I like The Chronicles of Narnia. There’s so many things you can throw against them: they’re really, really poorly written, the characters are somewhat lame, and last but not least there’s the annoying presence of Aslan, the great talking Lion slash metaphore for the Messiah. When he comes, the dead rise again, the blind can see and the tailless get their furry ass aspect back. I mean seriously, is there a character more annoying in literature?
Even despite my rants about Aslan – who seem to be going on and on once I start – I am reading every book (I’m almost done with The Voyage of the Dawn Treader) and I do tend to go see the movies. To, you know, see what they did and stuff. See how they made a non-epic, poorly written essay into a poorly executed epic masterpiece (in the case of the first movie). Beause here’s the deal with The Lion, the witch and the wardrobe: while the movie was enjoyable and quite magic, some of the set pieces looked flimsy and unreal, killing everything it had hoped to build.
However! It is with joy in my heart I can say that Prince Caspian has been turned into an epic movie that’s so immersive it’s actually – dare I say it – exciting. If, of course, you can forgive them for the first half. You know, the half that was in the book?
C.S. Lewis’s Prince Caspian is all about doubt and losing faith. This theme was carried over nicely from the books – in fact, it was even enhanced. While the book doesn’t really invest in the children’s psychologies that much, the movie does: Peter’s struggle in faith becomes more of a manly feeling: we can see him giving up hope in Aslan – even though it pains him to do so – and trying to do things the manly way: on his own. Susan’s losing faith has more to do with her interest in the other sex – even though it was carried out a bit too much, I feel – and once again, we could feel the pain it caused her. It was part of growing up.
Lewis never used this approach in this book – in a way, it appears to me that Lewis was underestimating his core public (children) and making the story as straight forward as possible, hoping they would learn something incidentally along the way. The movie takes the viewer more seriously, and hopes they will understand the normal struggles the oldest Pevensies are going through. This not only makes those two Pevensies more interesting, it also makes the viewer long for Aslan’s coming to set things right. Which, in turn, makes Aslan a less annoying character for me.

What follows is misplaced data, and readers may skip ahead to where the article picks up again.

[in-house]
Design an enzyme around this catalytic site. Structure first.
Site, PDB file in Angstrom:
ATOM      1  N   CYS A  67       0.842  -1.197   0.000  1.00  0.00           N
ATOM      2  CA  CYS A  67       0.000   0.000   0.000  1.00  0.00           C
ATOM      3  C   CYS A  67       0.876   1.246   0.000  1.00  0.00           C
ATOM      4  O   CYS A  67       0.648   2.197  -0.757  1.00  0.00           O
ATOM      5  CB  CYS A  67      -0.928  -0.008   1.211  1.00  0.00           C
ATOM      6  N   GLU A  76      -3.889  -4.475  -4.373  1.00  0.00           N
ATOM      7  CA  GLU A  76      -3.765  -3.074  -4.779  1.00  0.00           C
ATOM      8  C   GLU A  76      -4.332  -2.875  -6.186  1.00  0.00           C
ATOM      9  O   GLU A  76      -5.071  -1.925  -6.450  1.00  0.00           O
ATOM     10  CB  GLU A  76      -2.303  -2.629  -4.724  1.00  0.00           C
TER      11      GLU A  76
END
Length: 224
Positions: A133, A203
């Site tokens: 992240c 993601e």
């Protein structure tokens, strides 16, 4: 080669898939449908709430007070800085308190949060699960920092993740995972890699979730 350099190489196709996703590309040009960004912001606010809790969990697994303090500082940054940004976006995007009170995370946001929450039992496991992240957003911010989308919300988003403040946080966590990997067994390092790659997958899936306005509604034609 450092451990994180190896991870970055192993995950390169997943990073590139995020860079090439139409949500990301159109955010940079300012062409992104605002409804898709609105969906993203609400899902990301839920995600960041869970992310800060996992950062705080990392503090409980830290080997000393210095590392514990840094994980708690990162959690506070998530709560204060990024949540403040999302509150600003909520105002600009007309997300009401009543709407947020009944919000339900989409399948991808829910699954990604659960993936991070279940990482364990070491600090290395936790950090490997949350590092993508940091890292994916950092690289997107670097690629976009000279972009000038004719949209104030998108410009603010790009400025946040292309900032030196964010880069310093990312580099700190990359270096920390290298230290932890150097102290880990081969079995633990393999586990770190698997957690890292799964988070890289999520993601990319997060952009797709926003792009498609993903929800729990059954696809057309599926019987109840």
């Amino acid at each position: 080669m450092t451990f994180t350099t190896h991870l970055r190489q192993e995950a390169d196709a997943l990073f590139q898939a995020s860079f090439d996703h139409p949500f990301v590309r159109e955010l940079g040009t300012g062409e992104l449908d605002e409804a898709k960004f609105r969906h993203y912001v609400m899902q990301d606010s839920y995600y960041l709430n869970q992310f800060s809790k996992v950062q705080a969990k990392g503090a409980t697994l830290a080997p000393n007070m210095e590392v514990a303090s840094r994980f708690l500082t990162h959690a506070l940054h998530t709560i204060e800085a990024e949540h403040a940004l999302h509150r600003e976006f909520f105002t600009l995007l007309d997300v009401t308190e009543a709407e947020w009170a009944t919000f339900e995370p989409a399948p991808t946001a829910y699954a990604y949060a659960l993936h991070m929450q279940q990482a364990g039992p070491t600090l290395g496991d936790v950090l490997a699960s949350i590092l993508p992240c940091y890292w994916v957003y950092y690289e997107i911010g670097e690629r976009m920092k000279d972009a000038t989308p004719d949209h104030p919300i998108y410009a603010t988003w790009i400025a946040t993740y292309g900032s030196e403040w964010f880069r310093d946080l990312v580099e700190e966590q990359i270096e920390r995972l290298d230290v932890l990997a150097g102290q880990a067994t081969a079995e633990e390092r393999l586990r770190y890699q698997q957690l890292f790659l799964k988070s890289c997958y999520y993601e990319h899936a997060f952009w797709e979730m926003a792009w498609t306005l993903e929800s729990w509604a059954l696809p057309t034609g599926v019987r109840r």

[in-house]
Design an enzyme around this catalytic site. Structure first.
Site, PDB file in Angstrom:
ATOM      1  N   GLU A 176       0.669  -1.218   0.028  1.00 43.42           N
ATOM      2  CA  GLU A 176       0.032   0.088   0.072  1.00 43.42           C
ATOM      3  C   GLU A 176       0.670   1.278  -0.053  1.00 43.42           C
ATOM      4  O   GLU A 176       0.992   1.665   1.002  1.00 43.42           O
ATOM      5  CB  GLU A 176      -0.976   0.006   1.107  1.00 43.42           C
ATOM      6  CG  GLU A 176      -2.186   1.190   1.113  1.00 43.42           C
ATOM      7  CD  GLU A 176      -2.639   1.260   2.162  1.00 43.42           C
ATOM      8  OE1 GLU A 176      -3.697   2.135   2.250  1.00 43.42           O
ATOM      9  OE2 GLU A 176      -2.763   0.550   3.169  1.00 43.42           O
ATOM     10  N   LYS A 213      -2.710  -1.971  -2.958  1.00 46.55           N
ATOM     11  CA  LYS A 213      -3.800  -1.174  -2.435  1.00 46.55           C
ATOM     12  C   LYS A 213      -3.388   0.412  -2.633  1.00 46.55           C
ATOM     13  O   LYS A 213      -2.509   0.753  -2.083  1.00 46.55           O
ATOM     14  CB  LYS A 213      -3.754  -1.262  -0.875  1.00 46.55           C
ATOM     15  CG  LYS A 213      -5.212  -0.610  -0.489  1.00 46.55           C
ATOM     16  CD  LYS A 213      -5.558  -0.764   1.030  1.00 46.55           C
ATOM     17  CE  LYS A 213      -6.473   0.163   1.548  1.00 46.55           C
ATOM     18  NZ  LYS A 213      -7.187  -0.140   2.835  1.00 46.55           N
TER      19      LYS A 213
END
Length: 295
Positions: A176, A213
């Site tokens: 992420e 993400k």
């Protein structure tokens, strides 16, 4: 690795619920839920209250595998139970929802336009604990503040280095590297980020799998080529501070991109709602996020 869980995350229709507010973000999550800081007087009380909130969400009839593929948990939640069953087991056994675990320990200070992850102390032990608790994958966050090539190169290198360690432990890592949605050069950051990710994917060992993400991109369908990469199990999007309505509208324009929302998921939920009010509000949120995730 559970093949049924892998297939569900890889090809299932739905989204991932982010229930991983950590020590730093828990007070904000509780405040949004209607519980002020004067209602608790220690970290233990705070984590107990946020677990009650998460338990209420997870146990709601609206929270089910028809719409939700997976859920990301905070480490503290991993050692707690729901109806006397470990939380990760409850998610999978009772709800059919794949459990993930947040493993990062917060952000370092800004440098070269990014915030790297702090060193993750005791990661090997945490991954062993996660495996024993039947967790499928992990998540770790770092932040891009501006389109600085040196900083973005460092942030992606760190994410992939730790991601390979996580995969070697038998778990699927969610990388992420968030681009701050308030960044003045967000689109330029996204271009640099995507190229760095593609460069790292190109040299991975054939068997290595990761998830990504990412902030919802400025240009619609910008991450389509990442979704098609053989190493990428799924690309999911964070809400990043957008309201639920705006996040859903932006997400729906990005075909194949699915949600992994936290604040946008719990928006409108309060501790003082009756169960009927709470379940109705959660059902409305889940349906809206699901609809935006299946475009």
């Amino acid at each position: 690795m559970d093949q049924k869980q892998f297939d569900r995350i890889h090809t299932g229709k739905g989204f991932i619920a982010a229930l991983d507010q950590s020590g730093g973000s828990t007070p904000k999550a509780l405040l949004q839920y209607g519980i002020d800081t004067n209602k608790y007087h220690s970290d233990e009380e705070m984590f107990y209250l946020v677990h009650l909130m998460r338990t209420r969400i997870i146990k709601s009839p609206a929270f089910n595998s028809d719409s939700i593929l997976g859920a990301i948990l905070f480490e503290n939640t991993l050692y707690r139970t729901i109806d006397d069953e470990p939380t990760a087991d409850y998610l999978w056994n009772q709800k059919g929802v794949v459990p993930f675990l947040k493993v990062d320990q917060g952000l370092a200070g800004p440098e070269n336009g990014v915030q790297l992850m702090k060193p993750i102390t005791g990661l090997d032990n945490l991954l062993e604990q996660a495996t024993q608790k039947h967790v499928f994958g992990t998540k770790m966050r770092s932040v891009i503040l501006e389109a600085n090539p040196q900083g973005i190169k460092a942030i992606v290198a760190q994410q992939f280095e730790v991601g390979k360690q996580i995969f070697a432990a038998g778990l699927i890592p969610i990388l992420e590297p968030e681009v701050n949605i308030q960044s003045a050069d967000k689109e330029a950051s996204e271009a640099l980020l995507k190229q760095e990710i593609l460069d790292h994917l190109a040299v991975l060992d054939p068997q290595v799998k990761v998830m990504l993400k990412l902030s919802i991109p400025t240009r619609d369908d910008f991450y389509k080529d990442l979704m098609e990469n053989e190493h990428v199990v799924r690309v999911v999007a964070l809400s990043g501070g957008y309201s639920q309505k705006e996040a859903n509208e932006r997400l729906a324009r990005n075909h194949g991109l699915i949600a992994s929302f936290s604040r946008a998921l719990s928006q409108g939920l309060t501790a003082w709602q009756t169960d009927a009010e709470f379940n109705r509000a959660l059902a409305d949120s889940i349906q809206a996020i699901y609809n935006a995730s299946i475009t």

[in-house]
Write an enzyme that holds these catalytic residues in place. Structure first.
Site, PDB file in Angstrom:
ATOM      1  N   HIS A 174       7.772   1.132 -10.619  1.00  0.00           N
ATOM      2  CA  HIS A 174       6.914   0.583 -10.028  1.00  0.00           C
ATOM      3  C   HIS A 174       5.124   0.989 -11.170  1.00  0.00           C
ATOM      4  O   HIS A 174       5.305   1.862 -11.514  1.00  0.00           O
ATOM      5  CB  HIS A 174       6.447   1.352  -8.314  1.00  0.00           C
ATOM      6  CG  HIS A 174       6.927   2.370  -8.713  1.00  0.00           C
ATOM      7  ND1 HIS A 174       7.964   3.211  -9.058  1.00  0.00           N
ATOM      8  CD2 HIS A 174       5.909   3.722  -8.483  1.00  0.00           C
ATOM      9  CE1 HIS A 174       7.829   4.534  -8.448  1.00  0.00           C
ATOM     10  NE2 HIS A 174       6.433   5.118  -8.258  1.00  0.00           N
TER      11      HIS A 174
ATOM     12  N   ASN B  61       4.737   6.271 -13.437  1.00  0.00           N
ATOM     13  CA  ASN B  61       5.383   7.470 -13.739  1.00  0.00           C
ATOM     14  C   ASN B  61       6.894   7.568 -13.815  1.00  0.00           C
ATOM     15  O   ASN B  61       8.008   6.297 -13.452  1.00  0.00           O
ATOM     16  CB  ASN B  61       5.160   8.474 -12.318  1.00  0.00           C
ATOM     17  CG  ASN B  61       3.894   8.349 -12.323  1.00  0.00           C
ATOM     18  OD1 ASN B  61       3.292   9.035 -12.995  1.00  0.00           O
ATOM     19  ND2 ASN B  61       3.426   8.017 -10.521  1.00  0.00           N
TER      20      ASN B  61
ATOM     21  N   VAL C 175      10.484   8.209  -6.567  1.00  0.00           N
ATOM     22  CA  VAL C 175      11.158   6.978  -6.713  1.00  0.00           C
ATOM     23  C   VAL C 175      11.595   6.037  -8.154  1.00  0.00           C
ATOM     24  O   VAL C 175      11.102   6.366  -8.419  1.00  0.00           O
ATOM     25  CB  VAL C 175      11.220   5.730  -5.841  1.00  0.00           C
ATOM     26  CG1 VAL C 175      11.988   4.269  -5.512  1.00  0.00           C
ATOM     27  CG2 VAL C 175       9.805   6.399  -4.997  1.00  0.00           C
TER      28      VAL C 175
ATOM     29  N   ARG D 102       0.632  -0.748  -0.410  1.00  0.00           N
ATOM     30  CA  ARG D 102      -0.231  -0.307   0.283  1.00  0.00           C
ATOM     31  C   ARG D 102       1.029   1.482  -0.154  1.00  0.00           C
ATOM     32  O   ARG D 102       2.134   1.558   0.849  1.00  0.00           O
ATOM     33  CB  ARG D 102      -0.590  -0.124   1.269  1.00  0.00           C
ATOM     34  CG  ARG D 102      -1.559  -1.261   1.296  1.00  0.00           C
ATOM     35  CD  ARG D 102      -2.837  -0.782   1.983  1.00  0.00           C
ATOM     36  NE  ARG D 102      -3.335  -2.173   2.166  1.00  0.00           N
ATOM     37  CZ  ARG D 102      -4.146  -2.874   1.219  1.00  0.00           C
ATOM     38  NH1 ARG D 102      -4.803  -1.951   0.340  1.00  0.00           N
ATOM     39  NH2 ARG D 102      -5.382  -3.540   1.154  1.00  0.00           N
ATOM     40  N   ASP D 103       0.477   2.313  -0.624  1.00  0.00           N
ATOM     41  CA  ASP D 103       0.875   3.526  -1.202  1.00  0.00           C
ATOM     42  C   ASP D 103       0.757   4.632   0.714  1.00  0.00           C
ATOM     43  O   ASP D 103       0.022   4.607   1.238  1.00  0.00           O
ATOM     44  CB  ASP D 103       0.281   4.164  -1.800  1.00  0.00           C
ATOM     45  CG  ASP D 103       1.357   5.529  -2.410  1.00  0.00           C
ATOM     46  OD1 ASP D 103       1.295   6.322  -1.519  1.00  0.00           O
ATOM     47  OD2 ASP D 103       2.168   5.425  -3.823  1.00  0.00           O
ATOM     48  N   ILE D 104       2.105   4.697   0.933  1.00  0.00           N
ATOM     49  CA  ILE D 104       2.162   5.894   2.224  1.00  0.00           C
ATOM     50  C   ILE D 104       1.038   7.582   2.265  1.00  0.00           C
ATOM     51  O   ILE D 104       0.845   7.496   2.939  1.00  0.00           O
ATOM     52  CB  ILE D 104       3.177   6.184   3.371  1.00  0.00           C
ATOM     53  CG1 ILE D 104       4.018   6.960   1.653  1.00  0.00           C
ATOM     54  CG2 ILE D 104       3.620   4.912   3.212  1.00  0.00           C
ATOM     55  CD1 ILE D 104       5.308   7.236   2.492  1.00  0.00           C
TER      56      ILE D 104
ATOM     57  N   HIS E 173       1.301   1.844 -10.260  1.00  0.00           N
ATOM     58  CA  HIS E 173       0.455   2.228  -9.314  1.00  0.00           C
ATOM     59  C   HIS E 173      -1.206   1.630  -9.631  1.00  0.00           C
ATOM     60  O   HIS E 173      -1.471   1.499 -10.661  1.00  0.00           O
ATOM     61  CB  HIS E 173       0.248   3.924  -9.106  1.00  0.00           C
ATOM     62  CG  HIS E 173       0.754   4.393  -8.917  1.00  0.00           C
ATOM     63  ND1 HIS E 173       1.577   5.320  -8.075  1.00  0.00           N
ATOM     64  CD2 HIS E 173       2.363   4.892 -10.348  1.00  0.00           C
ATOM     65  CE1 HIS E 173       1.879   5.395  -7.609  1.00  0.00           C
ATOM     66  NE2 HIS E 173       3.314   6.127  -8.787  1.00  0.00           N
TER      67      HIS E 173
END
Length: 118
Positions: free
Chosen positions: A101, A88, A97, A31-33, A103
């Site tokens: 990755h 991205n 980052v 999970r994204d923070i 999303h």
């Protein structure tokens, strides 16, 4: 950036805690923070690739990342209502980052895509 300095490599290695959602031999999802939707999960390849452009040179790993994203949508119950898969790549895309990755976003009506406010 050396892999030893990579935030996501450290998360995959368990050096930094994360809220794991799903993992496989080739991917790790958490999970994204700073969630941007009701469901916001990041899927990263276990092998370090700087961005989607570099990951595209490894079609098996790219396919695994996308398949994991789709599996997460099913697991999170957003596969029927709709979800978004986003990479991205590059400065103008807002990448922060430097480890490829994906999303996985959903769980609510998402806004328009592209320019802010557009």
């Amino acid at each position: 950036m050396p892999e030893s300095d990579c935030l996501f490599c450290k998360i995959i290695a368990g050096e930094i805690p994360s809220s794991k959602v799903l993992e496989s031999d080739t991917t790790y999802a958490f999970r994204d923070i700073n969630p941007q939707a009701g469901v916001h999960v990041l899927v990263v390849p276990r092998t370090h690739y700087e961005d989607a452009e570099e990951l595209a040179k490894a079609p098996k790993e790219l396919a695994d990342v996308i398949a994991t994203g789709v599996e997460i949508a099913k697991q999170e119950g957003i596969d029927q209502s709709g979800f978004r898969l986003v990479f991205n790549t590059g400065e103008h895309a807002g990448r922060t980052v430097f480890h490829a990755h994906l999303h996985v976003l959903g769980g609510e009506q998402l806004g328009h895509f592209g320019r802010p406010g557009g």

Poor, poor Edmund
So Susan and Peter became more interesting. That’s good: the only interesting Pevensie in the book obviously was Lucy, seeing how she was always right all along. This leaves us with Edmund, who seems to be the shadow side of the bargain: while the script develops Susan and Peter, it leaves dear little Edmund standing in the cold. This is a point where the book shone: we could see Edmund making up with Lucy for the grief he caused her back in the Lion, the witch and the wardrobe. In the movie, this was one sentence – after which Edmund was reduced to comic relief and the necessary two-three sentences for continuity’s sake. What a shame.
In a way, this is perfectly reasonable on behalf of the scriptwriters: Susan and Peter’s big role in the Narnian Chronicles is over, while Lucy and Edmund will be seen again in a later story. In a way, I also had the same feeling about Caspian: there’s a lot more to be told about his psychology. Maybe they’ll leave this for the next movie as well?
All this psychologizing makes this movie so much better. It also makes it perfectly reasonable that the movie is 135 minutes long. Before the movie started, I wondered how hard it could be to turn a 100 page novel into a 90 minute feature. You wouldn’t even have to cut that much – just dust out the fluff and you have yourself a movie script. What I hadn’t expected, however, was for them to add things like I mentioned before. Obviously the (poorly written) battle scenes would have to be at least fifteen minutes each and contain extra elements, but adding character development to a movie where there was practically none? That was a bold move. A bold move which succeeded and only once broke the Narnian continuity (Seriously – Caspian and Susan?! I see where you’re taking this, but STILL.). A bold move which made the movie a bit longer than it should have (at certain times I was hoping for it to get on with it quickly) but better than my idea of having a shorter feature with no additions.
Is Prince Caspian better than the Lion, the witch and the wardrobe? In my opinion, it is. Granted, Prince Caspian is less magical – but if you hold that against the movie, you’re not giving the stories themselves a fair treatment. Prince Caspian – the book – is a darker story, a harder story, a story with less magic but more punch. That’s also the way this movie is. On the other hand, it’s so much more interesting than they made the first movie. There is so much more stuffing in this turkey, making it taste so much better!
Oh, and there’s no rocks that looked like styrofoam. Seriously, for those praising the production values of the first movie, you really oughta watch it again. It is a good movie, but I can never unsee those rough edges. Ever!
Lucy: I wish you would all stop trying to sound like grown-ups! I didn’t think I saw him, I did see him.
Trumpkin: I… *am* a grown-up.